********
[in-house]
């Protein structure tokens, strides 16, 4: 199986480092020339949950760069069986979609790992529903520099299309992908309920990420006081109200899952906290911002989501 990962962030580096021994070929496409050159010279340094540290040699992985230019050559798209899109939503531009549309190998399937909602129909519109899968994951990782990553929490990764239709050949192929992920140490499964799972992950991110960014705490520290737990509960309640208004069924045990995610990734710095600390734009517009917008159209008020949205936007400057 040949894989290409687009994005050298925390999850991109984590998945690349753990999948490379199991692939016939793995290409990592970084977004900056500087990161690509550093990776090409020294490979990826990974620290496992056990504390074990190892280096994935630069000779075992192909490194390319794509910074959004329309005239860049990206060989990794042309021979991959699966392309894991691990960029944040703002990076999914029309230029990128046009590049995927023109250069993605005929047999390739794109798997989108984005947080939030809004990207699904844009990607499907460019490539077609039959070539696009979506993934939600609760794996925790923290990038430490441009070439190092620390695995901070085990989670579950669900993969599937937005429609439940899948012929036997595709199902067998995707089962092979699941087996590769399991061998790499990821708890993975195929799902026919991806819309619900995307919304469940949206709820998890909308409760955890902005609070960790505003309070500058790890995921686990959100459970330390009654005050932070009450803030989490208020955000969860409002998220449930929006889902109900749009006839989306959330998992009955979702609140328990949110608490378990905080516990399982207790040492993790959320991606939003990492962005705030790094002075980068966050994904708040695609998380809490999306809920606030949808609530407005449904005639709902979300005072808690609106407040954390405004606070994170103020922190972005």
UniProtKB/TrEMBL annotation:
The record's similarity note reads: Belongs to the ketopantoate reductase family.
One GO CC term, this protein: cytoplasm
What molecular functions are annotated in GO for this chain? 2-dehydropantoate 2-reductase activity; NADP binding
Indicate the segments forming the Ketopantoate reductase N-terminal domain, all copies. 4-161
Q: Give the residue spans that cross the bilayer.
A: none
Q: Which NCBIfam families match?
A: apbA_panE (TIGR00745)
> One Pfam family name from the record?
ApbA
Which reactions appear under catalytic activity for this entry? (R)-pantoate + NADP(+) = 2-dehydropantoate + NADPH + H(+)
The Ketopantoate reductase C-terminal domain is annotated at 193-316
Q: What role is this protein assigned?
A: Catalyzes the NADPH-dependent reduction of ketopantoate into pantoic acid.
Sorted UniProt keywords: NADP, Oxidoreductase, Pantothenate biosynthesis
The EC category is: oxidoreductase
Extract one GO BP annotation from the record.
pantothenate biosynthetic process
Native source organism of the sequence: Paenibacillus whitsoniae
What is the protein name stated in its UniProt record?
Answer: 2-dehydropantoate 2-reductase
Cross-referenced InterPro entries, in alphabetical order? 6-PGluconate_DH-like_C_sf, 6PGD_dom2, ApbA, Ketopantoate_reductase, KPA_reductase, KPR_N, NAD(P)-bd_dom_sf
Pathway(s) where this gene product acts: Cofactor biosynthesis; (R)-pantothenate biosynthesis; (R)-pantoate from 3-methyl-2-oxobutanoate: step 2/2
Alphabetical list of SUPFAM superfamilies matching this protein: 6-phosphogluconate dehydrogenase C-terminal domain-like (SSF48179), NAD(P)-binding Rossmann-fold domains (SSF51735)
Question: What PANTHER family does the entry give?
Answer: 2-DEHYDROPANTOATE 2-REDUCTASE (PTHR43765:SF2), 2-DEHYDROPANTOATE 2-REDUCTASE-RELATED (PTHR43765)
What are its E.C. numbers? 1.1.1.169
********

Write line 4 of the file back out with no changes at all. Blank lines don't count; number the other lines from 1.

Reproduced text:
The record's similarity note reads: Belongs to the ketopantoate reductase family.